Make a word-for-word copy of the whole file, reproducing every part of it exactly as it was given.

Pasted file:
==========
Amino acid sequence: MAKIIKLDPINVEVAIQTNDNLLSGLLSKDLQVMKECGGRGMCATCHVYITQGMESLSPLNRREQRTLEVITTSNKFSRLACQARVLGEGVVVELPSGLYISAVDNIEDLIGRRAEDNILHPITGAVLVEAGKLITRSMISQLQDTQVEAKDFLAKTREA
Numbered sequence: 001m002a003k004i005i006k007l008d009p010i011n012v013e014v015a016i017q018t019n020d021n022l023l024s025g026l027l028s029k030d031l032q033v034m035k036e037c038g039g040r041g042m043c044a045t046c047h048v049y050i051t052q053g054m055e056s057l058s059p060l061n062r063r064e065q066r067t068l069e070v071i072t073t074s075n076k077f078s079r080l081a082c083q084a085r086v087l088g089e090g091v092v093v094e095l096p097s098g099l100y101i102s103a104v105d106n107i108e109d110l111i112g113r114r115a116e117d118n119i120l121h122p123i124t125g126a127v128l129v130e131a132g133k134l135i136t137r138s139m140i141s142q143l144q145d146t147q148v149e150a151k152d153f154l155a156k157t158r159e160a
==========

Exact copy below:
Amino acid sequence: MAKIIKLDPINVEVAIQTNDNLLSGLLSKDLQVMKECGGRGMCATCHVYITQGMESLSPLNRREQRTLEVITTSNKFSRLACQARVLGEGVVVELPSGLYISAVDNIEDLIGRRAEDNILHPITGAVLVEAGKLITRSMISQLQDTQVEAKDFLAKTREA
Numbered sequence: 001m002a003k004i005i006k007l008d009p010i011n012v013e014v015a016i017q018t019n020d021n022l023l024s025g026l027l028s029k030d031l032q033v034m035k036e037c038g039g040r041g042m043c044a045t046c047h048v049y050i051t052q053g054m055e056s057l058s059p060l061n062r063r064e065q066r067t068l069e070v071i072t073t074s075n076k077f078s079r080l081a082c083q084a085r086v087l088g089e090g091v092v093v094e095l096p097s098g099l100y101i102s103a104v105d106n107i108e109d110l111i112g113r114r115a116e117d118n119i120l121h122p123i124t125g126a127v128l129v130e131a132g133k134l135i136t137r138s139m140i141s142q143l144q145d146t147q148v149e150a151k152d153f154l155a156k157t158r159e160a